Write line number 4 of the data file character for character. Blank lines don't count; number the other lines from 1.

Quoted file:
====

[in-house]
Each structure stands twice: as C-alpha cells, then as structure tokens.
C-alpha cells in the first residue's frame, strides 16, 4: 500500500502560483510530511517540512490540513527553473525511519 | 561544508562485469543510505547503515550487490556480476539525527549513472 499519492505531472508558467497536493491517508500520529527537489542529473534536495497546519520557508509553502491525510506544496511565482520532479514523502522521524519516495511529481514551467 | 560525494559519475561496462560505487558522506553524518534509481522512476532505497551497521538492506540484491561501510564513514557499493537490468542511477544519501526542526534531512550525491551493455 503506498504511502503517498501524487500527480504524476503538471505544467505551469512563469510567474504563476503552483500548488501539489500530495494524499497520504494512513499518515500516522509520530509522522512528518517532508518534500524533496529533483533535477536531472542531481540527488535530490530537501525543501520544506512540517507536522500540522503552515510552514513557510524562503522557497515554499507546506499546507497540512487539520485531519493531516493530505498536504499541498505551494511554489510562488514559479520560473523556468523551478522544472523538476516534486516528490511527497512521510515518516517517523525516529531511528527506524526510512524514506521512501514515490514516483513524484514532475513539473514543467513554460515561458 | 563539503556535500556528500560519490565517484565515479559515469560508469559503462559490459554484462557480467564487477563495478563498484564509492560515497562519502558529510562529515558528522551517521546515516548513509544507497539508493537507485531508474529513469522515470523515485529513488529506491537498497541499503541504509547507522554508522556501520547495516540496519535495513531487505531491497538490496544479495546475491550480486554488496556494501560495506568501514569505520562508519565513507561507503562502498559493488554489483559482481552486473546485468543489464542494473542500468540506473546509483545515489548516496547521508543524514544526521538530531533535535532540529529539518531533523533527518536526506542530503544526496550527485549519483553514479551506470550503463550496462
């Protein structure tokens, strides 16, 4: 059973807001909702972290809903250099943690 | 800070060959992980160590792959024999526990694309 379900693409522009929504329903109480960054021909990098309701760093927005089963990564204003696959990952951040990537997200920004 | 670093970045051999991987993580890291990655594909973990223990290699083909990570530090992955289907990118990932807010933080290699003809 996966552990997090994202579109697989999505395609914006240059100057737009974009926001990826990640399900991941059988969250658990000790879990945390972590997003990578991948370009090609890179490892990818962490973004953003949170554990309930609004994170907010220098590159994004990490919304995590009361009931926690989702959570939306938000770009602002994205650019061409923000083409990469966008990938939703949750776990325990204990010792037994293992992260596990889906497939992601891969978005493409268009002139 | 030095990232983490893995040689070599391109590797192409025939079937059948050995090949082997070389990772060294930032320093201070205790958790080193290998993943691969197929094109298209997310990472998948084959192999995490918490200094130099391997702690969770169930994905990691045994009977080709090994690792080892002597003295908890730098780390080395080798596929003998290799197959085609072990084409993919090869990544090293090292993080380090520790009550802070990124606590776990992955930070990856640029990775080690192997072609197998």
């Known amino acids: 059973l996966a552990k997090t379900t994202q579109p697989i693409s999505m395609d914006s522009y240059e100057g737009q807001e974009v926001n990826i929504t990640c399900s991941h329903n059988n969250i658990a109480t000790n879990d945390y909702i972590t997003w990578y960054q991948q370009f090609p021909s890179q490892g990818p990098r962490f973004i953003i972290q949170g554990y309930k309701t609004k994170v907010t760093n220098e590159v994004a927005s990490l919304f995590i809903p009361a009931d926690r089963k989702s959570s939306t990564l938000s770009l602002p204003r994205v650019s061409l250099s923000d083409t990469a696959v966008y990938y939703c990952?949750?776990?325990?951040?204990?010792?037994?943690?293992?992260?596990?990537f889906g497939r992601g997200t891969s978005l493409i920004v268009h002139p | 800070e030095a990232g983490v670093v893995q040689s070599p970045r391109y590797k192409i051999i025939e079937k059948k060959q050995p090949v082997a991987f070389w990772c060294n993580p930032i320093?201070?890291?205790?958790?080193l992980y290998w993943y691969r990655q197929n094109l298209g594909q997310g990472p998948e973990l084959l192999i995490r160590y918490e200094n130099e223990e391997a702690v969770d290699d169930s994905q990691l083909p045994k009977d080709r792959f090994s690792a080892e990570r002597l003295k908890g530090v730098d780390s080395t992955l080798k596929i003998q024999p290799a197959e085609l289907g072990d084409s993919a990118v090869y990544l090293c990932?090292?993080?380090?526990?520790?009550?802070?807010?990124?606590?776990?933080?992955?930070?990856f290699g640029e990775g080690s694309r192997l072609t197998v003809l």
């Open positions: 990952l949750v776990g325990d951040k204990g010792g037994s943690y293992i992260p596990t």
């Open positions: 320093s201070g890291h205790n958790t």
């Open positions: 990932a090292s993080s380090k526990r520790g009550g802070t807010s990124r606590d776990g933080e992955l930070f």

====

């Protein structure tokens, strides 16, 4: 059973807001909702972290809903250099943690 | 800070060959992980160590792959024999526990694309 379900693409522009929504329903109480960054021909990098309701760093927005089963990564204003696959990952951040990537997200920004 | 670093970045051999991987993580890291990655594909973990223990290699083909990570530090992955289907990118990932807010933080290699003809 996966552990997090994202579109697989999505395609914006240059100057737009974009926001990826990640399900991941059988969250658990000790879990945390972590997003990578991948370009090609890179490892990818962490973004953003949170554990309930609004994170907010220098590159994004990490919304995590009361009931926690989702959570939306938000770009602002994205650019061409923000083409990469966008990938939703949750776990325990204990010792037994293992992260596990889906497939992601891969978005493409268009002139 | 030095990232983490893995040689070599391109590797192409025939079937059948050995090949082997070389990772060294930032320093201070205790958790080193290998993943691969197929094109298209997310990472998948084959192999995490918490200094130099391997702690969770169930994905990691045994009977080709090994690792080892002597003295908890730098780390080395080798596929003998290799197959085609072990084409993919090869990544090293090292993080380090520790009550802070990124606590776990992955930070990856640029990775080690192997072609197998």